Microsoft has patched a controversial nagware update that "phoned home" every time Windows started. Redmond has also issued an advisory with instructions on how to remove the software.
The component was designed to enforce its 'Windows Genuine Advantage' anti-piracy program, by nagging users into a state of obedience. Every time the PC was activated, the "notifications" (Redmond-speak for nag) portion of WGA checked its state against a central server, and then invited users of non-compliant software where they could "learn more about the benefits of using genuine Windows software."
Quite why Windows needed to phone home simply to remind itself to pester users is one of the more curious features of the program. But Microsoft's own channel fell foul of the warnings: two distributors said they'd received false positives for legitimate Windows installations. A year ago Microsoft made WGA mandatory for all Windows users seeking software updates or patches, and the Notifications nag was rolled out world wide on May 30, on what Microsoft describes a 'voluntary' basis.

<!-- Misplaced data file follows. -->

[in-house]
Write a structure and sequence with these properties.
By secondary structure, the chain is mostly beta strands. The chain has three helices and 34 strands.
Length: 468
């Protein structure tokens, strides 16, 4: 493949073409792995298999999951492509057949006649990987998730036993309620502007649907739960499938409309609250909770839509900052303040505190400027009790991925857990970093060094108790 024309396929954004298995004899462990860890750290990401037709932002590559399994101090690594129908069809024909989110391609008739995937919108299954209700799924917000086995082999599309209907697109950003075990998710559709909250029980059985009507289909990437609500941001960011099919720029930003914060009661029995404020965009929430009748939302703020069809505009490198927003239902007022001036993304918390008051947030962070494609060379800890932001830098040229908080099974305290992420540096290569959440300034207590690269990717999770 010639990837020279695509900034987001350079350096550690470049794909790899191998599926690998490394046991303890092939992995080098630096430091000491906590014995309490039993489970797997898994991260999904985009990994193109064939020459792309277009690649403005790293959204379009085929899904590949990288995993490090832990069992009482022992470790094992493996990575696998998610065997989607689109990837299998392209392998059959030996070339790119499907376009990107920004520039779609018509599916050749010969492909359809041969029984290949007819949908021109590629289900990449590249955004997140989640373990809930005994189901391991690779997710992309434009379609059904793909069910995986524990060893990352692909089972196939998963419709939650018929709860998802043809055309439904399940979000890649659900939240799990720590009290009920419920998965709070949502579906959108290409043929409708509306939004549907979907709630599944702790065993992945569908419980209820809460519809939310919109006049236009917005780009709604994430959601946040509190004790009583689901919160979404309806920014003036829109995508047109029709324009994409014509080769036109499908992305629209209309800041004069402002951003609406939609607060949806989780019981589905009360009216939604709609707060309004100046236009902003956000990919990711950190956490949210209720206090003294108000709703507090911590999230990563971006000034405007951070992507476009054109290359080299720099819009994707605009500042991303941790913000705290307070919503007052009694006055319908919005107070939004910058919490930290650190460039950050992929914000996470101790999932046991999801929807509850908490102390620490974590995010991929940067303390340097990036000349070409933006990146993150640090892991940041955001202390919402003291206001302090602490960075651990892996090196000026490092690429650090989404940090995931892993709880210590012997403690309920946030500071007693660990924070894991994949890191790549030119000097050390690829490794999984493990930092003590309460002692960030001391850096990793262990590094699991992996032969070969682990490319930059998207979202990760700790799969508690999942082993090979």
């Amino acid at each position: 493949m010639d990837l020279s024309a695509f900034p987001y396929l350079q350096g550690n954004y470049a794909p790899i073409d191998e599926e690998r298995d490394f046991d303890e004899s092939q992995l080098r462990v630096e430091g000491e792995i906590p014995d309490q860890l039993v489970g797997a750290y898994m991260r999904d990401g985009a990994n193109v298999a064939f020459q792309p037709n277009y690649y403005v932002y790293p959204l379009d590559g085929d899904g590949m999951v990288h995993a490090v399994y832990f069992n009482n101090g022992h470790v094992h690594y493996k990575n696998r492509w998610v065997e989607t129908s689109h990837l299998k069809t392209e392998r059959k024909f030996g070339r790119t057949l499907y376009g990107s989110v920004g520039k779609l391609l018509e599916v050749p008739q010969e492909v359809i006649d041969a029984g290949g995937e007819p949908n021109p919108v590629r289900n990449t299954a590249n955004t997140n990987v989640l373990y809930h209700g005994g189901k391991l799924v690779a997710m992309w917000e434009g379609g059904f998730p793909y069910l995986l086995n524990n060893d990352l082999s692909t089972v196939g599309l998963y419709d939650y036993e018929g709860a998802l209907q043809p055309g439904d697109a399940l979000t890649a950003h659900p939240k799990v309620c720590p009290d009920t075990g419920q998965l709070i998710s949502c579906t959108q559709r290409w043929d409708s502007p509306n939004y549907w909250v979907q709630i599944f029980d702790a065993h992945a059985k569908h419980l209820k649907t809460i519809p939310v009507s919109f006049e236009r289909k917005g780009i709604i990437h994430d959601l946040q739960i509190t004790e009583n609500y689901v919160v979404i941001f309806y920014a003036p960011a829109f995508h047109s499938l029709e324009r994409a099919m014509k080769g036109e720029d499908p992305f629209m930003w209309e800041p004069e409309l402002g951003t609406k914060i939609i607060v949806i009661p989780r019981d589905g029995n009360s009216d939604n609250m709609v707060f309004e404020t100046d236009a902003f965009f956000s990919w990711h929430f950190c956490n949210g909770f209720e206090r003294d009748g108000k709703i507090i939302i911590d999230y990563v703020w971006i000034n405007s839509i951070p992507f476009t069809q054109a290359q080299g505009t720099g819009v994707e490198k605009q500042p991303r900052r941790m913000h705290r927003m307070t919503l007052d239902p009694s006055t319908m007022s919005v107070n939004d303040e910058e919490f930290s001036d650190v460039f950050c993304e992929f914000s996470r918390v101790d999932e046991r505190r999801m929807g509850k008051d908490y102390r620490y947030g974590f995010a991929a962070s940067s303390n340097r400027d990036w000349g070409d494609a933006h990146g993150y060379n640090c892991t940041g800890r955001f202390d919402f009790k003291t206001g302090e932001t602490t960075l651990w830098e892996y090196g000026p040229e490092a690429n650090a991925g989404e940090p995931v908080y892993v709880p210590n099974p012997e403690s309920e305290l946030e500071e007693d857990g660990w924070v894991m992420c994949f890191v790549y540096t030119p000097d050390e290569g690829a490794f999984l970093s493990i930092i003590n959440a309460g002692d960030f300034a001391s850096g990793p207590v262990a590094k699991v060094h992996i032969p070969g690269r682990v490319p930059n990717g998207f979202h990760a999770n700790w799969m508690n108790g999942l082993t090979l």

Today Microsoft says a new version of WGA will no longer make the daily "phone home" call.
In a release titled "Windows Genuine Advantage Bolsters Frontline in Anti-Piracy Fight", Microsoft said it has also changed the End User License Agreement (EULA) with a General Availability EULA that makes its purpose clearer to users. And there's a new Knowledge Base advisory, over here, where you can learn how to both disable the nagware, or delete it completely.